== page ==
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OBSERVATIONS ON KING LEAR CONCLUDED.
Madness being occasioned by a close and continued attention of the mind to a single object, Shakspeare judiciously represents the resignation of his crown to daughters so cruel and unnatural, as the particular idea which has brought on the distraction of Lear, and which perpetually recurs to his imagination, and mixes itself with all his ramblings. Full of this idea, therefore, he breaks out abruptly in the Fourth Act : 'No, they cannot touch me for coining: I am the king himself.' He believes himself to be raising recruits, and censures the inability and unskilfulness of some of his soldiers : “There's your press-money. That fellow handles his bow like a crow-keeper: draw me a clothier's yard. Look, look, a mouse! Peace, peace : this piece of toasted cheese will do it.' The art of our poet is transcendent in thus making a passage that even borders on burlesque, strongly expressive of the madness he is painting. Lear suddenly thinks himself in the field; “there's my gauntlet—I'll prove it on a giant !—and that he has shot his arrow successfully: 'O well-flown barb! i’th clout, i’th clout: hewgh! give the word.' He then recollects the falsehood and cruelty of his daughters, and breaks out in some pathetic reflections on his old age, and on the tempest to which he was so lately exposed : “Ha! Gonerill, ha ! Regan! They flattered me like a dog, and told me I had white hairs on my beard, ere the black ones were there. To say, Ay, and No, to every thing that I said-Ay and No too, was no good divinity. When the rain came to wet me once, and the wind to make me chatter; when the thunder would not peace at my bidding; there I found 'em, there I smelt 'em out. Go to, they're not men of their words; they told me I was every thing: 'tis a lie, I am not ague-proof.' The impotence of royalty to exempt its possessor, more than the meanest subject, from suffering natural evils, is here finely hinted at.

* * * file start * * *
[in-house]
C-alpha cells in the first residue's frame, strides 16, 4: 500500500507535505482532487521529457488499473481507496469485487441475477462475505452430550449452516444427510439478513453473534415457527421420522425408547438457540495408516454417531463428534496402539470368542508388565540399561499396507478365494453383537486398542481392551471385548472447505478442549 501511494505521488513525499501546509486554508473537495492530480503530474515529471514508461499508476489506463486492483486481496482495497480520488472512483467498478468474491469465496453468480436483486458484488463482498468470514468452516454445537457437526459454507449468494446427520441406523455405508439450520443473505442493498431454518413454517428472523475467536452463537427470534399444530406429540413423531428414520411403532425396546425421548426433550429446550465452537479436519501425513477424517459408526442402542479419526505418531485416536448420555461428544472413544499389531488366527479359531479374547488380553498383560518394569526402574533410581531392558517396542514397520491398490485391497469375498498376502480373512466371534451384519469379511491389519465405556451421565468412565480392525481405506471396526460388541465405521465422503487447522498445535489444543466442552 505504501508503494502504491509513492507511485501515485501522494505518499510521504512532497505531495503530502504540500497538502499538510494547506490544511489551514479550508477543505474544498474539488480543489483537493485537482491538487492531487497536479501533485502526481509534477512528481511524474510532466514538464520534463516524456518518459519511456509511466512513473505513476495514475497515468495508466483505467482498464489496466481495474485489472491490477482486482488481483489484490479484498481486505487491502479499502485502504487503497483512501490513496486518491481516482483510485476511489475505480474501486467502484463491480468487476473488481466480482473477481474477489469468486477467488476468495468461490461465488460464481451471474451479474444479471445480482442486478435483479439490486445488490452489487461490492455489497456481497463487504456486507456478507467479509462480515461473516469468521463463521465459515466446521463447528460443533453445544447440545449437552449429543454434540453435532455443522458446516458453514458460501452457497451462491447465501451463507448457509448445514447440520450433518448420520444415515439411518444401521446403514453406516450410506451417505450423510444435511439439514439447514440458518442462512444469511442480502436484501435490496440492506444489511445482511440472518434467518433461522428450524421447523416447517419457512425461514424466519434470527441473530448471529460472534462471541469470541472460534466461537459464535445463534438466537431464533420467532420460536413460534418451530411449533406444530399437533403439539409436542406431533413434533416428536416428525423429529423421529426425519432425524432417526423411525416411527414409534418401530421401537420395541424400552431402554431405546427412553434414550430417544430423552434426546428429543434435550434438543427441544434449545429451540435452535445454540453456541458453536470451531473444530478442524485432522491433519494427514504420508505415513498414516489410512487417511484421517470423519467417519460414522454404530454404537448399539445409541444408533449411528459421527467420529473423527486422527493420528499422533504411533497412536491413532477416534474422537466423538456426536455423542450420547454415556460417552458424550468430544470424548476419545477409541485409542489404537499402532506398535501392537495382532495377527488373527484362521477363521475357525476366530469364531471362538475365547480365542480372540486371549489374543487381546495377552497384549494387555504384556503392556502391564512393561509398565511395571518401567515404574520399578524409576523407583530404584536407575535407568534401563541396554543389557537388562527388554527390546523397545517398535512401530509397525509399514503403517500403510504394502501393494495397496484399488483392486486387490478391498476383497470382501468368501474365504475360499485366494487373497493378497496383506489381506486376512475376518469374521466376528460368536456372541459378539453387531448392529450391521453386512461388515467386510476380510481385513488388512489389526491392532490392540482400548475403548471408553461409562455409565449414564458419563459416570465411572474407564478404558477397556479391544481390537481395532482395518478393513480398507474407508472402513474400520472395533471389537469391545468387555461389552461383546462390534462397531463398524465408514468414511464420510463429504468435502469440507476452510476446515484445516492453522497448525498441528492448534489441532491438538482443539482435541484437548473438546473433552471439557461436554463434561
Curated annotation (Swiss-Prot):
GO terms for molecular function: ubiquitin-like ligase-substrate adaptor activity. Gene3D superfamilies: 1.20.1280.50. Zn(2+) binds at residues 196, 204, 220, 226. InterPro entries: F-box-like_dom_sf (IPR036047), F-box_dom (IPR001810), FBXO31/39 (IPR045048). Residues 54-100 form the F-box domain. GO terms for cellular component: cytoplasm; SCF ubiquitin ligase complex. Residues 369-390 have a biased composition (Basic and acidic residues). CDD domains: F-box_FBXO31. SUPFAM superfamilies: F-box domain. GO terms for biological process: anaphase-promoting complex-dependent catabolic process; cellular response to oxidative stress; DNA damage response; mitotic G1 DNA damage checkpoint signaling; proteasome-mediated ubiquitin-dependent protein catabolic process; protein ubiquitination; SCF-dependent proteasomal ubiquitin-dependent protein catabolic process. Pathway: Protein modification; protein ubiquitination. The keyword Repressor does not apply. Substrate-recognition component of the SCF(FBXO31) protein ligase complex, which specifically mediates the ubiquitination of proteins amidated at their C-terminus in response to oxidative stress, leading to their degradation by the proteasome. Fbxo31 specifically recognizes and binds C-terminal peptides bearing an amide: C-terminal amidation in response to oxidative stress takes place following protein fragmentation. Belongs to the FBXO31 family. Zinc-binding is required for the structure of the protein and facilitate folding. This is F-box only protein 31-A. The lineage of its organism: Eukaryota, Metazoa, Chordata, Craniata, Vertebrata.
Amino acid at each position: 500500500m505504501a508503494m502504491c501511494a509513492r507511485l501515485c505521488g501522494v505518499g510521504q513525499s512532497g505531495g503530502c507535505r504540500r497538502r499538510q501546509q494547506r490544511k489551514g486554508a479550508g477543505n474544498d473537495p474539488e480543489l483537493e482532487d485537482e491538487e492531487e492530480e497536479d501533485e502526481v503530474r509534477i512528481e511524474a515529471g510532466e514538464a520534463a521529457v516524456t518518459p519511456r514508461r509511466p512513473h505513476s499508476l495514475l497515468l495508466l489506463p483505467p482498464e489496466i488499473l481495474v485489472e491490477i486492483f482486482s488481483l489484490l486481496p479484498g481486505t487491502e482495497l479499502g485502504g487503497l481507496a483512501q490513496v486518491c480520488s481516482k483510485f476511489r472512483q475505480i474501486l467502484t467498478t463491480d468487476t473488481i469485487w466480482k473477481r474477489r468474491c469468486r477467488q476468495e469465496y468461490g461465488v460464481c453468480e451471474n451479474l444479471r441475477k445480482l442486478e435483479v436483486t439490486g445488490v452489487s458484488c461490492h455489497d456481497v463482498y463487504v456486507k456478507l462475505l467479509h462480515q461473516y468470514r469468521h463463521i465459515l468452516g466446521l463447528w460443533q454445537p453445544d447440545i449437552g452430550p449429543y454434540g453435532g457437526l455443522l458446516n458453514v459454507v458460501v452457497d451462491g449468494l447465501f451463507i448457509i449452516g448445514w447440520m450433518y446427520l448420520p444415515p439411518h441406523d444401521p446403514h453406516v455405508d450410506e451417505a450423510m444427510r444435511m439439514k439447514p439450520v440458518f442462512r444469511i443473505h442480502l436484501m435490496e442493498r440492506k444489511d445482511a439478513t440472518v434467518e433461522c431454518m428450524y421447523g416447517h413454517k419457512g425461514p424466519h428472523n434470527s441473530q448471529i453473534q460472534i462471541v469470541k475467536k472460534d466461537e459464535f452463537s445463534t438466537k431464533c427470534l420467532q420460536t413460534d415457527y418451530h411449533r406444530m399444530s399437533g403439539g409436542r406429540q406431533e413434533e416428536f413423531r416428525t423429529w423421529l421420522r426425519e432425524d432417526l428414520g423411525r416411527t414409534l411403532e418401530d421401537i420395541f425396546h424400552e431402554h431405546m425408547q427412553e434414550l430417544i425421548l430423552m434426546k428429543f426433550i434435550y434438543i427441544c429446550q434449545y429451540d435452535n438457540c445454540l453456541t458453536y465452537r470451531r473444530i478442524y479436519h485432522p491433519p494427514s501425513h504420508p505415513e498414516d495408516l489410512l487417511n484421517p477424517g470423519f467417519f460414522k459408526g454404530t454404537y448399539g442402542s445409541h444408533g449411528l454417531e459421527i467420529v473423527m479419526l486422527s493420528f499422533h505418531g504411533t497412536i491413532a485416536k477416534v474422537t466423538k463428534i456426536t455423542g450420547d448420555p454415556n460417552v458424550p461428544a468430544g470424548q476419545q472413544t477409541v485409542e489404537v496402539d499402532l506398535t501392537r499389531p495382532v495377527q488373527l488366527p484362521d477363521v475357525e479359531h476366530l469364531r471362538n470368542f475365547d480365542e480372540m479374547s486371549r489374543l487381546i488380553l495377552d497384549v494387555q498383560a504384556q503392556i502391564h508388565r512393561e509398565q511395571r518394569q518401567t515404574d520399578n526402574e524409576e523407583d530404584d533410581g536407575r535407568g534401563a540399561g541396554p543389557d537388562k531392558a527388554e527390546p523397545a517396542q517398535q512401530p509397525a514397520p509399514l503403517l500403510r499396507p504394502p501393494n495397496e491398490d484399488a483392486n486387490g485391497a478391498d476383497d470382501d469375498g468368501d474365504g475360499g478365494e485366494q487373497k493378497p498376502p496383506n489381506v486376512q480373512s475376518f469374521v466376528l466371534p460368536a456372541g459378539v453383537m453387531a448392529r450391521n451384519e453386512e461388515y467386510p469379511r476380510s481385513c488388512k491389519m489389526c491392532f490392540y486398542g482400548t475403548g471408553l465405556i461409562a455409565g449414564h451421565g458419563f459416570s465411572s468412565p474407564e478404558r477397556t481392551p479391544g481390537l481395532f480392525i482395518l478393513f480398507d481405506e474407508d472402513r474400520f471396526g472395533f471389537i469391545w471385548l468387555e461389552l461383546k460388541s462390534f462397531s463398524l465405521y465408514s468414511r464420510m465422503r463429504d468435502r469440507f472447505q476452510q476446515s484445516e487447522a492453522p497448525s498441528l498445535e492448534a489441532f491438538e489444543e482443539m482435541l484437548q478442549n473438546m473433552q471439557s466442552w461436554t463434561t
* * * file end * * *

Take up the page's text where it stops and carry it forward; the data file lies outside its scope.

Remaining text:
His friend and adherent Gloster, having been lately deprived of sight, enquires if the voice he hears is not the voice of the king; Lear instantly catches the word, and replies with great quickness,
-Ay, every inch a king :
Adultery? no, thou shalt not die; die for adultery? He then makes some very severe reflections on the hypocrisy of lewd and abandoned women, and adds, ‘Fie, fie, fie; pah, pah ; give me an ounce of civet, good apothecary, to sweeten my imagination ;' and as every object seems to be present to the eyes of the lunatic, he thinks he pays for the drug : 'there's money for thee !' Very strong and
lively also is the imagery in a succeeding speech, where he thinks himself viewing his subjects punished by the
This circumstance leads him to reflect on the efficacy of rank and power, to conceal and palliate profligacy and injustice; and this fine satire is couched in two different metaphors, that are carried on with much propriety and elegance :
Through tatter'd clothes small vices do appear ;
Arm it in rags, a pigmy straw doth pierce it. We are moved to find that Lear has some faint knowledge of his old and faithful courtier :
If thou wilt weep my fortunes, take my eyes.
I know thee well enough; thy name is Gloster.
Thou must be patient; we came crying hither :
To this great stage of fools ! This tender complaint of the miseries of human life bears so exact a resemblance with the following passage of Lucretius, that I cannot forbear transcribing it :
Vagituque locum lugubri complet, ut equum est,
It is not to be imagined that our author copied from the Roman ; on such a subject it is almost impossible but that two persons of genius and sensibility must feel and think alike. Lear drops his moralities, and meditates revenge :
It were a delicate stratagem to shoe
these sons-in-law, Then kill, kill, kill, kill, kill, kill. The expedient is well suited to the character of a lunatic, and the frequent repetitions of the word ‘kill’ forcibly represent his rage and desire of revenge, and must affect an intelligent audience at once with pity and terror. At this instant Cordelia sends one of her attendants to protect her father from the danger with which he is threatened by her sisters: the wretched king is so accustomed to misery, and so hopeless of succour, that when the messenger offers to lead him out, he imagines himself taken captive and mortally wounded :
No rescue? what! a prisoner ? I am e'en
I am cut to the brain. Cordelia at length arrives ; an opiate is administered to the king, to calm the agonies and agitations of his mind; and a most interesting interview ensues between this daughter, that was so unjustly suspected of disaffection, and the rash and mistaken father. Lear, during his slumber, has been arrayed in regal apparel, and is brought upon the stage in a chair, not recovered from his trance. I know not a speech more truly pathetic than that of Cordelia when she first sees him :
Had you not been their father, these white flakes
The dreadfulness of that night is expressed by a circumstance of great humanity; for which kind of strokes Shakspeare is as eminent as for his poetry:
My very enemy's dog,
Lear begins to awake; but his imagination is still distempered, and his pain exquisite;
You do me wrong to take me out o'th' grave:
When Cordelia in great affliction asks him if he knows her, he replies,
You are a spirit, I know; when did you